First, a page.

Managed Care

 

More Young Adults Using Sleep Aids

MANAGED CARE March 2009. © MediMedia USA
News and Commentary

More Young Adults Using Sleep Aids

MANAGED CARE March 2009. ©MediMedia USA

The use of prescription sleep aids by 18- to 24-year olds nearly tripled between 1998 and 2006, according to medical and drug claims data from the Thomson Reuters MarketScan Research databases.

During that period, the average length of time sleep aids were used by adults under age 45 increased by more than 40 percent — rising from 64 days in 1998 to 93 days in 2006.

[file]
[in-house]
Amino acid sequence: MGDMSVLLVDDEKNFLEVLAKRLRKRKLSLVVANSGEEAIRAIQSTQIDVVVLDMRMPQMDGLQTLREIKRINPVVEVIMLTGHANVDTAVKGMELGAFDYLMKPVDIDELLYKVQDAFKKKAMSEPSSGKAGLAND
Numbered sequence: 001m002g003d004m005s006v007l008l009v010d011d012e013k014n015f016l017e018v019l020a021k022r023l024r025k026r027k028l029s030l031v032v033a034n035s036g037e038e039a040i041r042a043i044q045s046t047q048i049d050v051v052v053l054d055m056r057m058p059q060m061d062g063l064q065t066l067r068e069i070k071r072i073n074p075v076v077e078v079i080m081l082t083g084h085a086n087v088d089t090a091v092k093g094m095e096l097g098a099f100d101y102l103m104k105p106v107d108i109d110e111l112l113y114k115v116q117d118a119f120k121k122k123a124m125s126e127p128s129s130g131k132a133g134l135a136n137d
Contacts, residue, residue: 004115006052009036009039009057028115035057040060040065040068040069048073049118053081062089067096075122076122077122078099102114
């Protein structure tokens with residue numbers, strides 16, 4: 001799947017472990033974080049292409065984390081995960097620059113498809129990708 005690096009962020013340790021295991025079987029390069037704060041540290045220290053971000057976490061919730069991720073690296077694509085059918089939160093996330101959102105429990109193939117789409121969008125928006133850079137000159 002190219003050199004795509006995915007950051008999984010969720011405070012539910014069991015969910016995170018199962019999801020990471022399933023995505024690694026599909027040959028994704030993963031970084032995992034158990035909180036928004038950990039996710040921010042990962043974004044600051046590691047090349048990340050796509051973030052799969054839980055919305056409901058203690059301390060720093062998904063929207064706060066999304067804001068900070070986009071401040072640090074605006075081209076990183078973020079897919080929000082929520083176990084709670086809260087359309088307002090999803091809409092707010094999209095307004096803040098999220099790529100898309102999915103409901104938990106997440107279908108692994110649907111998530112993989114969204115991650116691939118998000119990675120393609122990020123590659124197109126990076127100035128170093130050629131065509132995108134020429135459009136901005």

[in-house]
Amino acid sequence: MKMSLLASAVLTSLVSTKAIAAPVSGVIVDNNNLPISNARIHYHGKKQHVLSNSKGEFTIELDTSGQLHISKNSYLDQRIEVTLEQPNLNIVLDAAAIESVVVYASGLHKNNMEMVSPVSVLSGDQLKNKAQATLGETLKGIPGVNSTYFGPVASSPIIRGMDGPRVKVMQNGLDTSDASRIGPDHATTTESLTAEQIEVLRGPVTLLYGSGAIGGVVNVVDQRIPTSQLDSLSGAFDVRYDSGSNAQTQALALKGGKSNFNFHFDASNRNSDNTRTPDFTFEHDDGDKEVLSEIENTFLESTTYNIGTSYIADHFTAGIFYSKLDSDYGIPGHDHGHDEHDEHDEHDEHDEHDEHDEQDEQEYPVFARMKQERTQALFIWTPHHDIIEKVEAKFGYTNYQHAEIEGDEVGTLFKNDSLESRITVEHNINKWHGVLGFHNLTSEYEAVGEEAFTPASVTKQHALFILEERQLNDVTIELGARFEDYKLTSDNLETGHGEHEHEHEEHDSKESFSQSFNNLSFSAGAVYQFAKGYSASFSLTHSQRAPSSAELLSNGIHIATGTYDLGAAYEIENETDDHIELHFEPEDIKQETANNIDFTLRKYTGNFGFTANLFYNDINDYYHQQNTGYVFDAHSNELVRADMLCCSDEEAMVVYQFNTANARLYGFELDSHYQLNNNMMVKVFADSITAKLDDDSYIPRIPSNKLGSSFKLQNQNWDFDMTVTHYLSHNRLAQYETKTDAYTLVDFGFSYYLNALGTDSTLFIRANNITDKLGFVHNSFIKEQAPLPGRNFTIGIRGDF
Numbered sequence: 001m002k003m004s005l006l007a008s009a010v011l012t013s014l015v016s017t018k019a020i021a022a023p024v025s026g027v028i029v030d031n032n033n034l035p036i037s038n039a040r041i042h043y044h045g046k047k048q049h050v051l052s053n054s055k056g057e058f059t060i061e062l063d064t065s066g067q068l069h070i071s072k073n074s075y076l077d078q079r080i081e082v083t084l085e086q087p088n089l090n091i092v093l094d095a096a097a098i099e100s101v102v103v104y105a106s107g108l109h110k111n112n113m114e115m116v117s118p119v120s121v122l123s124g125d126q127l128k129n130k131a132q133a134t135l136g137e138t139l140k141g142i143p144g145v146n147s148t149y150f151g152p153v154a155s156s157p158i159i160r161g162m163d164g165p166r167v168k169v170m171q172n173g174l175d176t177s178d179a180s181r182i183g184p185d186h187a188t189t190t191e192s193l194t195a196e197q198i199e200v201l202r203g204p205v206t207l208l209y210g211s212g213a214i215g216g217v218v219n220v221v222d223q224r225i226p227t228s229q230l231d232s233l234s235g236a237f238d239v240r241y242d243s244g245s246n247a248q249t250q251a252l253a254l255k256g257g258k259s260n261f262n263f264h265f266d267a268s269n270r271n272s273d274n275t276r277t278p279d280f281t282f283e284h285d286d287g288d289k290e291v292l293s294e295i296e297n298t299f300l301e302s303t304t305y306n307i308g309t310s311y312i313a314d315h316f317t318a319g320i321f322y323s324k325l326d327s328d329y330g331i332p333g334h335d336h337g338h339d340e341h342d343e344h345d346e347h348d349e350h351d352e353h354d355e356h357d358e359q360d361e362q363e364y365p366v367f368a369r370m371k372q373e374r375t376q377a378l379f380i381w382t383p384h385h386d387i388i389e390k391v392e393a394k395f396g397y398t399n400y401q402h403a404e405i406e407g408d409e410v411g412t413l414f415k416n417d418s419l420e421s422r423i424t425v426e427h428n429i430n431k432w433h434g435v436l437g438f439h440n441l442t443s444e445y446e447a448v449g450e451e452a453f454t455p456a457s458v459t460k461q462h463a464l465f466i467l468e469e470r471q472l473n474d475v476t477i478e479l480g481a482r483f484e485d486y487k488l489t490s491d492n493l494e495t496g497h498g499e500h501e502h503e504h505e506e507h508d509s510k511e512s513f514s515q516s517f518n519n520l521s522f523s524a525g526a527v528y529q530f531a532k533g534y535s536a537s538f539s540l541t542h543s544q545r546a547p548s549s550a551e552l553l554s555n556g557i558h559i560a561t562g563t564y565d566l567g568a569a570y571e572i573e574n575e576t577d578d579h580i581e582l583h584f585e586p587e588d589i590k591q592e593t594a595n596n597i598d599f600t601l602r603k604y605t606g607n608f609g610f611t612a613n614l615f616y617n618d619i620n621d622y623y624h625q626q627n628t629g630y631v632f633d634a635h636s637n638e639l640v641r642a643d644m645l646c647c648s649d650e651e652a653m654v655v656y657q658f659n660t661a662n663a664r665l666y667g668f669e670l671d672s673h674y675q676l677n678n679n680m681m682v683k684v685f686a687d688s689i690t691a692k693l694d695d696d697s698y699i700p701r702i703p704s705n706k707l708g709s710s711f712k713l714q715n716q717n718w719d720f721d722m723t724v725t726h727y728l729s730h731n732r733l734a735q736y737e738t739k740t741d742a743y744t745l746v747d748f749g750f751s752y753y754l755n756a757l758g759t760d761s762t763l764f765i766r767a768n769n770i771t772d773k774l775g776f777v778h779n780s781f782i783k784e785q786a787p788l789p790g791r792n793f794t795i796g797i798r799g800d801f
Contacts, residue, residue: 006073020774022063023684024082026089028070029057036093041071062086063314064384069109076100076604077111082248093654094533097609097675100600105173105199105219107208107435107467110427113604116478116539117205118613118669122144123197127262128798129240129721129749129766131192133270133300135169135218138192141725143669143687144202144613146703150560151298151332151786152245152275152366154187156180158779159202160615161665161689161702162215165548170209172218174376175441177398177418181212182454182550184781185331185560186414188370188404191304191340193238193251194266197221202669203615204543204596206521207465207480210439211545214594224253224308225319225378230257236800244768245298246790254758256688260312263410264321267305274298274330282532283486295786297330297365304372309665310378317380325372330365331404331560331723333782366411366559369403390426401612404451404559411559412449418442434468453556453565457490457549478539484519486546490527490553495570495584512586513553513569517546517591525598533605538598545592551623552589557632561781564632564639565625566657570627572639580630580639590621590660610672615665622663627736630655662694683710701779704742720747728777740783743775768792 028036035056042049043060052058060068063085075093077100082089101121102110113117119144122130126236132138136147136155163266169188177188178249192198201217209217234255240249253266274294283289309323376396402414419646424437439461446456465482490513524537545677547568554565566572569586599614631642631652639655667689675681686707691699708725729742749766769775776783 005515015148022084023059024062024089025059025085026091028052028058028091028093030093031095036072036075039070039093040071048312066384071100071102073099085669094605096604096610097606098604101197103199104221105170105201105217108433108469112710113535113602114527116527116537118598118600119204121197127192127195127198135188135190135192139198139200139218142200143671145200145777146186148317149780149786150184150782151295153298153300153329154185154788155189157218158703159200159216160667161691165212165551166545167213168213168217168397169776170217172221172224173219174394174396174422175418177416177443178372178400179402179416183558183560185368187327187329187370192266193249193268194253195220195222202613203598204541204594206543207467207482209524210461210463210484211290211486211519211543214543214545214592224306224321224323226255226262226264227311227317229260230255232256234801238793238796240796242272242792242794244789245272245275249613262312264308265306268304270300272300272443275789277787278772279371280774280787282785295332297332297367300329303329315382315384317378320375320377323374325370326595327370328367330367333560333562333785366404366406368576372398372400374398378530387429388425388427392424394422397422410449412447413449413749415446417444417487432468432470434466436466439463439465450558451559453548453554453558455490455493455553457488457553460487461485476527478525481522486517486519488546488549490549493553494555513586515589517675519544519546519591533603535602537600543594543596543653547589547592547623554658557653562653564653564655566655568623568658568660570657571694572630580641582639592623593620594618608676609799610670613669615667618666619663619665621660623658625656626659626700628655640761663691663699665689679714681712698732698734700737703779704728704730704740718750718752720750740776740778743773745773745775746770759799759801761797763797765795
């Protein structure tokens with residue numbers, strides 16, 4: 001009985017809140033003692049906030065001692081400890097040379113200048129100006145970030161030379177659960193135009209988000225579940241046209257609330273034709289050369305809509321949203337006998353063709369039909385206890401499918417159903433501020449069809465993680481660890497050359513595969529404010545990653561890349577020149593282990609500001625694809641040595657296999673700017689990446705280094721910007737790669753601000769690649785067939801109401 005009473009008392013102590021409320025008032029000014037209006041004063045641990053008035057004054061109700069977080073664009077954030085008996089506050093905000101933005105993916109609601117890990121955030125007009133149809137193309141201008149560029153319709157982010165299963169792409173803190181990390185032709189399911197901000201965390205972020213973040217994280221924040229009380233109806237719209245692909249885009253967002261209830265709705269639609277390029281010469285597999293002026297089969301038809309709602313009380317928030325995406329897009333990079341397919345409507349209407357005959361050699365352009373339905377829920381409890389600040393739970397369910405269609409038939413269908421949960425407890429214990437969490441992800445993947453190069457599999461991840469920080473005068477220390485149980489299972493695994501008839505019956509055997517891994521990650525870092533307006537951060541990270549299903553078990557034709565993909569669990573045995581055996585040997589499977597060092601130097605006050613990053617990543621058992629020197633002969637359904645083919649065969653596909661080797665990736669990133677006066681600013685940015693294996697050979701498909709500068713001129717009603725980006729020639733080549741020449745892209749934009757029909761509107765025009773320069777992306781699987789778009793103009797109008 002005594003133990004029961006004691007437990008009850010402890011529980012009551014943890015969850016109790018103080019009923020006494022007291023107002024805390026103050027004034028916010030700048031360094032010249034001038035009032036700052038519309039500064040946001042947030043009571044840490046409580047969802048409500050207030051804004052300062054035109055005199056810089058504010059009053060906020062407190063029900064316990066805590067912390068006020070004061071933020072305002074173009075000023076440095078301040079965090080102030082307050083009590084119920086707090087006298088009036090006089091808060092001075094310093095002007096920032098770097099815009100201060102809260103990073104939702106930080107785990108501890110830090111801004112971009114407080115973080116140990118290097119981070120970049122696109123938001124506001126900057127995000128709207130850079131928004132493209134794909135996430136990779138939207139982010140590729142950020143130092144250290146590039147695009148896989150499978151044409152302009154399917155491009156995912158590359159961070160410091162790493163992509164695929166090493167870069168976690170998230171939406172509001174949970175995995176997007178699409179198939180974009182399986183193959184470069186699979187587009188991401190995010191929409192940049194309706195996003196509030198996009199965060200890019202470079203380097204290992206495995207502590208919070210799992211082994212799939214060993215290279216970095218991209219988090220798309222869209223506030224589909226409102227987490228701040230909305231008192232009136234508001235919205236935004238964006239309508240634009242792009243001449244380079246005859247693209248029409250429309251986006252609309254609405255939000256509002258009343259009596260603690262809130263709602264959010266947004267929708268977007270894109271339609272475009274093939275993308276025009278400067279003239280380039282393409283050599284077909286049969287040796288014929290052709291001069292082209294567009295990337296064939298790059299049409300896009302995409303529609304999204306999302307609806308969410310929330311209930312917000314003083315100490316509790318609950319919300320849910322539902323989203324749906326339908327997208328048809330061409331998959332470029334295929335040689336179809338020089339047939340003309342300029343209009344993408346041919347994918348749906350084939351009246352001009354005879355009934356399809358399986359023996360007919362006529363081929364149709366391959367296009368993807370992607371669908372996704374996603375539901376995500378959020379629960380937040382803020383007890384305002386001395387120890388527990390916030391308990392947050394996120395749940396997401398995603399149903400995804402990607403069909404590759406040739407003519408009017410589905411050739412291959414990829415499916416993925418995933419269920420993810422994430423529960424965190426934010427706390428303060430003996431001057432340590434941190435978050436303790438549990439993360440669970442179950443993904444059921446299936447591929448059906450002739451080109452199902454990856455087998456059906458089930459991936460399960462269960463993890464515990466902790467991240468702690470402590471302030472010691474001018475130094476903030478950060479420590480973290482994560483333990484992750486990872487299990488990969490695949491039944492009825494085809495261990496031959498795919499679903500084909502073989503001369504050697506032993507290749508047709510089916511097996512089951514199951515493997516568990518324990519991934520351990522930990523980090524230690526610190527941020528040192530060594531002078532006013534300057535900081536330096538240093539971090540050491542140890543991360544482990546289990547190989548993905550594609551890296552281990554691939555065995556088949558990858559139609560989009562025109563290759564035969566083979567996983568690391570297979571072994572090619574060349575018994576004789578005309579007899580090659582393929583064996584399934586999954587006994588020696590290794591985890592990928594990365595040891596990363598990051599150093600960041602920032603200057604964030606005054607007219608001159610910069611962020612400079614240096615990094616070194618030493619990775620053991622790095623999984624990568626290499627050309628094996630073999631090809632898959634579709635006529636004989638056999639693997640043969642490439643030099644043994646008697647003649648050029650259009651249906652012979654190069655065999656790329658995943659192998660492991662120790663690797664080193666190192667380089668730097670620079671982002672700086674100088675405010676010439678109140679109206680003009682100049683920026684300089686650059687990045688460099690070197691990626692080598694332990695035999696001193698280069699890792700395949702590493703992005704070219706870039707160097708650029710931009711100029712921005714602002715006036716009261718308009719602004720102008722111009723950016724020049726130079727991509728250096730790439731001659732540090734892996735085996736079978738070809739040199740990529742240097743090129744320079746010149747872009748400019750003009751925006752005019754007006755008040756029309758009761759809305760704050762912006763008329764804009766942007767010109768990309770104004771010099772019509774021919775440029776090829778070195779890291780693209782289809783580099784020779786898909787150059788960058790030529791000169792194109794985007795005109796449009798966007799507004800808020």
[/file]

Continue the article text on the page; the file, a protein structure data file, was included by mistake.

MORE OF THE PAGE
What’s the cause of these sleepless nights?

“Insomnia appears to be causing larger numbers of young adults to turn to prescription sleep aids. They tend to use them for longer periods of time,” says William Marder, PhD, senior vice president and general manager of the Thomson Reuters health care business.

The most dramatic increase was in the 18-to-24 age population, whose prevalence of use increased from 599 users per 100,000 in 1998 to 1,524 per 100,000 in 2006. For those 24 to 34, use almost doubled from 1,372 to 2,528 per 100,000.

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